Notwithstanding the overall legacy and excellent musicianship of the Rolling Stones, it can be a bit of a chore to like all of their recordings.
The Beatles produced very few clunkers (Mr. Moonlight is one of very few examples), and the Beach Boys have had their ups and downs — I particularly dislike their attempts in the 1980s to sound "contemporary" and to include grating sax solos on several of their songs. I can barely listen to their 1985 The Beach Boys album.
With the Rolling Stones, the cycle was like this — crude but effective, to anthemic, to finally writing most of their own material, to over-indulgent (Their Satanic Majesty's Request) to the best band in the world (the single Jumping Jack Flash straight through to Exile On Main Street) to a slump inspired by laziness and heroin (on the part of Keith Richards) on Goat's Head Soup, to efforts over the next 45 years to recapture their old glory.
Sometimes they came close (Some Girls) and other times they tried to do so while sounding contemporary (Dirty Work) with meagre results.
The Stones' 1974 album, It's Only Rock 'n Roll, was the first of these attempts to at least sound energetic after the torpor of Goat's Head Soup. Throughout much of that album, Mick Jagger's vocals sound lazy, and with the exception of Charlie Watts, the musicians (especially Keith) sounded half-asleep. Even the rockers sounded somewhat uninspired.
I remember the first edition of the Rolling Stone Record Guide absolutely trashing Goat's Head Soup, and determining that It's Only Rock 'n Roll was "the Stones as we know them," but with lots of filler.
What the album really should be seen as an attempt to emulate the energy of the past, but it sounds kind of forced, as if Jagger is sending the message,"look, I really can bark out lyrics and sound fully awake."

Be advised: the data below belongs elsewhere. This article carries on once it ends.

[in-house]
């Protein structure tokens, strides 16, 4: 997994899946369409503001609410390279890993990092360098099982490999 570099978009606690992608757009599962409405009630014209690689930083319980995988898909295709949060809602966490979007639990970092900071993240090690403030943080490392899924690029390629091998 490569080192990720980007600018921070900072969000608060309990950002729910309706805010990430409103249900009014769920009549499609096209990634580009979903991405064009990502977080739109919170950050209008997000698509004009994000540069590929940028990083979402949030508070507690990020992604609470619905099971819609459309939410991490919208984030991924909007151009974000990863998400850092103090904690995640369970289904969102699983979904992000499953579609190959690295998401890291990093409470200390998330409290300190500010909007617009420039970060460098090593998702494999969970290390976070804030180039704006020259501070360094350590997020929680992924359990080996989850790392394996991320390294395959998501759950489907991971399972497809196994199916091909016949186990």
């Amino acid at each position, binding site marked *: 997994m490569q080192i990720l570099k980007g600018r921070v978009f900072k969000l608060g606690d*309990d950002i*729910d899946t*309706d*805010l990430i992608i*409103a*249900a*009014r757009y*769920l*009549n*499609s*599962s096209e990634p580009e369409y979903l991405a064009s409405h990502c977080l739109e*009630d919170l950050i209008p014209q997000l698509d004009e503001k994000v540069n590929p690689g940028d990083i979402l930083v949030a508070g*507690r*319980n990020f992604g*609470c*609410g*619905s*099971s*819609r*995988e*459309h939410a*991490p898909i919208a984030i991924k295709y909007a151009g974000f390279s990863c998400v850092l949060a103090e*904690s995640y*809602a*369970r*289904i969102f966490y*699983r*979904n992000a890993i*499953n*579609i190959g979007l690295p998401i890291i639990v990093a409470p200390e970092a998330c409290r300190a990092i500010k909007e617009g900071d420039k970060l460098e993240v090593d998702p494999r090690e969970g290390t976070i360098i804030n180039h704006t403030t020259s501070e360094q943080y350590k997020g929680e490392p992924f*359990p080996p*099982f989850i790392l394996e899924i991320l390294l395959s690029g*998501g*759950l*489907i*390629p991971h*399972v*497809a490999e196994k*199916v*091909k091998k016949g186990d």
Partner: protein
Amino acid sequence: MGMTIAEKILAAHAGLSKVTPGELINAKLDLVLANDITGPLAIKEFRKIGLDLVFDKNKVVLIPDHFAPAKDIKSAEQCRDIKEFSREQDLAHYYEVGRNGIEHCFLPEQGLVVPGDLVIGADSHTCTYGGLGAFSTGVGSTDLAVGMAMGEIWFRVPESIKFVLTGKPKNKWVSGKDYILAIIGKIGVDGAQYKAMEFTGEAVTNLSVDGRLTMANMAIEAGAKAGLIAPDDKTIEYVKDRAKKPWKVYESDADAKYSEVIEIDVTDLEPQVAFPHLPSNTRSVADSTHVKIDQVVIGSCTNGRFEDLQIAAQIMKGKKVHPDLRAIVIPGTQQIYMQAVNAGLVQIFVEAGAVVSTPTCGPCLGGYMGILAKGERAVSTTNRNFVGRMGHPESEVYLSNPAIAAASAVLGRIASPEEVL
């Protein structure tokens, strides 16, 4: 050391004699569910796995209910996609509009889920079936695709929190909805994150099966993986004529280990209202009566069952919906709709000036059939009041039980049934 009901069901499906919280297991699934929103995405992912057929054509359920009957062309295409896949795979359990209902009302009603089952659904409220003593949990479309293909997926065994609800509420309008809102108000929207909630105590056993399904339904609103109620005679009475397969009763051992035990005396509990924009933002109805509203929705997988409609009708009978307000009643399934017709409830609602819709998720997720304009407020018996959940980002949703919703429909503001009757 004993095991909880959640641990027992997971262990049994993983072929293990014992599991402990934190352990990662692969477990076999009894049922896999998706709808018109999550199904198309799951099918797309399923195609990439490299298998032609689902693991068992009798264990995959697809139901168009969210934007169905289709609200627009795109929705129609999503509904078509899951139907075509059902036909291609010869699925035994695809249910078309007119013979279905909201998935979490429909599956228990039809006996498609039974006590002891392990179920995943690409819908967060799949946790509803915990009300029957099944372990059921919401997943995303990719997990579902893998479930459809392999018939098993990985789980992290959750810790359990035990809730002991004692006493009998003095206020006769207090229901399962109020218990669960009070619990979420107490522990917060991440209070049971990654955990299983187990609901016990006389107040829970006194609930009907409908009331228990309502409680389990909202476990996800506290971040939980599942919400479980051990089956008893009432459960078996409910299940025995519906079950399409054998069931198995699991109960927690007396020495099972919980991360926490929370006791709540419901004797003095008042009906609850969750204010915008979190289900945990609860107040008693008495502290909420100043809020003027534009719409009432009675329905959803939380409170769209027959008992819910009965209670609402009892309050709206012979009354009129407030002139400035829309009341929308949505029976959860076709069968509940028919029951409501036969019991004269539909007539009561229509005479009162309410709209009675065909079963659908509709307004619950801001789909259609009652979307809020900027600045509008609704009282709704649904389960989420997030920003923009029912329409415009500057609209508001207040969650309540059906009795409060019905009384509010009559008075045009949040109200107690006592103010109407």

The album itself, song by song, is not bad at all and a bit of a mixed bag.
• If You Can't Rock Me: This song, above all, sounds like an almost desperate attempt to show that the Rolling Stones were still vital, with some hopped-up energy, but it seems a bit contrived. The tone of Jagger's voice on parts of the song sounds like Jim Rockford of The Rockford Files when he would whine about something.
• Ain't Too Proud to Beg: Another attempt at past glory, this time a return to the Stones doing cover versions. A good effort, but the Temptations' version is loads better.
• It's Only Rock 'N Roll (But I Like It): Actually, a pretty good encapsulation of the decadence of rock music in the 1970s, with lascivious vocals and sleazy exhaled breaths by Jagger. The video for this song is kind of funny.
• Till the Next Goodbye — Almost as lazy as the ballads on Goat's Head Soup.
• Time Waits For No One — The highlight of the entire album. Jagger's vocals and lyrics are a little flamboyant, but I could listen to Mick Taylor's guitar playing on this one over and over again. Has the feel of an epic song.
• Luxury — Jagger uses a reggae accent on this issue. Decadent sounding as well, but funny.
• Dance Little Sister — This is probably the song the Rolling Stone Record Guide was referring to when it said the LP had filler, but I actually like this one. The track seems to begin a few seconds into the song, and it sounds like everything could fall apart at any second, which adds a sense of genuine excitement. It's repetitive, though.
• If You Really Want to Be My Friend — This is said to be a highlight, but I find it a bit boring and forced.
• Short and Curlies: This one could be seen by some as more filler, but I find it nicely ribald and funny, and the Stones as I like them.
• Fingerprint File — An interesting attempt at funk, but Jagger sounds a bit indistinct as on Goat's, and it goes on too long.
Next time: Jan and Dean's Batman.